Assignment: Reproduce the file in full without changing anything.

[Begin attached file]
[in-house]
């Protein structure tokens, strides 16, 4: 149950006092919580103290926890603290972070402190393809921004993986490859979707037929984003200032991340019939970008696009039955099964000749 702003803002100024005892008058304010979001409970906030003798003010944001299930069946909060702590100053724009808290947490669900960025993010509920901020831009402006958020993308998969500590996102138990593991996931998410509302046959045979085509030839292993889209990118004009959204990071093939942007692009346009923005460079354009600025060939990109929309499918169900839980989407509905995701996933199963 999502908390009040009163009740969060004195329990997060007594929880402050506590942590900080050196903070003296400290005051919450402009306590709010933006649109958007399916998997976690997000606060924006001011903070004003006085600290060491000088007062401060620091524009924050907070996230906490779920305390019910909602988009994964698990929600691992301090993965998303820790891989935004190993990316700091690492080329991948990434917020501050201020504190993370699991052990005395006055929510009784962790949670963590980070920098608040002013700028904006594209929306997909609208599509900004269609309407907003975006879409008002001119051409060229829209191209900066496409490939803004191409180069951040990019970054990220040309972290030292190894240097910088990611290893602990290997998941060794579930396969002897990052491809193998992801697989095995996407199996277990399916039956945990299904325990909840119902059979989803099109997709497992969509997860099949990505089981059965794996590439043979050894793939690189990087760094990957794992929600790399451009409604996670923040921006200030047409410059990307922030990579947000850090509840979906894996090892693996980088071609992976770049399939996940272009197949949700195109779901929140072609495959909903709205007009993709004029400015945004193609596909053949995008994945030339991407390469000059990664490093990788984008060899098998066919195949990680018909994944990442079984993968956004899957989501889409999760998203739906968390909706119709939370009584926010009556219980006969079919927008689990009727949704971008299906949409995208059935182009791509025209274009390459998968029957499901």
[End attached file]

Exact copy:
[in-house]
């Protein structure tokens, strides 16, 4: 149950006092919580103290926890603290972070402190393809921004993986490859979707037929984003200032991340019939970008696009039955099964000749 702003803002100024005892008058304010979001409970906030003798003010944001299930069946909060702590100053724009808290947490669900960025993010509920901020831009402006958020993308998969500590996102138990593991996931998410509302046959045979085509030839292993889209990118004009959204990071093939942007692009346009923005460079354009600025060939990109929309499918169900839980989407509905995701996933199963 999502908390009040009163009740969060004195329990997060007594929880402050506590942590900080050196903070003296400290005051919450402009306590709010933006649109958007399916998997976690997000606060924006001011903070004003006085600290060491000088007062401060620091524009924050907070996230906490779920305390019910909602988009994964698990929600691992301090993965998303820790891989935004190993990316700091690492080329991948990434917020501050201020504190993370699991052990005395006055929510009784962790949670963590980070920098608040002013700028904006594209929306997909609208599509900004269609309407907003975006879409008002001119051409060229829209191209900066496409490939803004191409180069951040990019970054990220040309972290030292190894240097910088990611290893602990290997998941060794579930396969002897990052491809193998992801697989095995996407199996277990399916039956945990299904325990909840119902059979989803099109997709497992969509997860099949990505089981059965794996590439043979050894793939690189990087760094990957794992929600790399451009409604996670923040921006200030047409410059990307922030990579947000850090509840979906894996090892693996980088071609992976770049399939996940272009197949949700195109779901929140072609495959909903709205007009993709004029400015945004193609596909053949995008994945030339991407390469000059990664490093990788984008060899098998066919195949990680018909994944990442079984993968956004899957989501889409999760998203739906968390909706119709939370009584926010009556219980006969079919927008689990009727949704971008299906949409995208059935182009791509025209274009390459998968029957499901």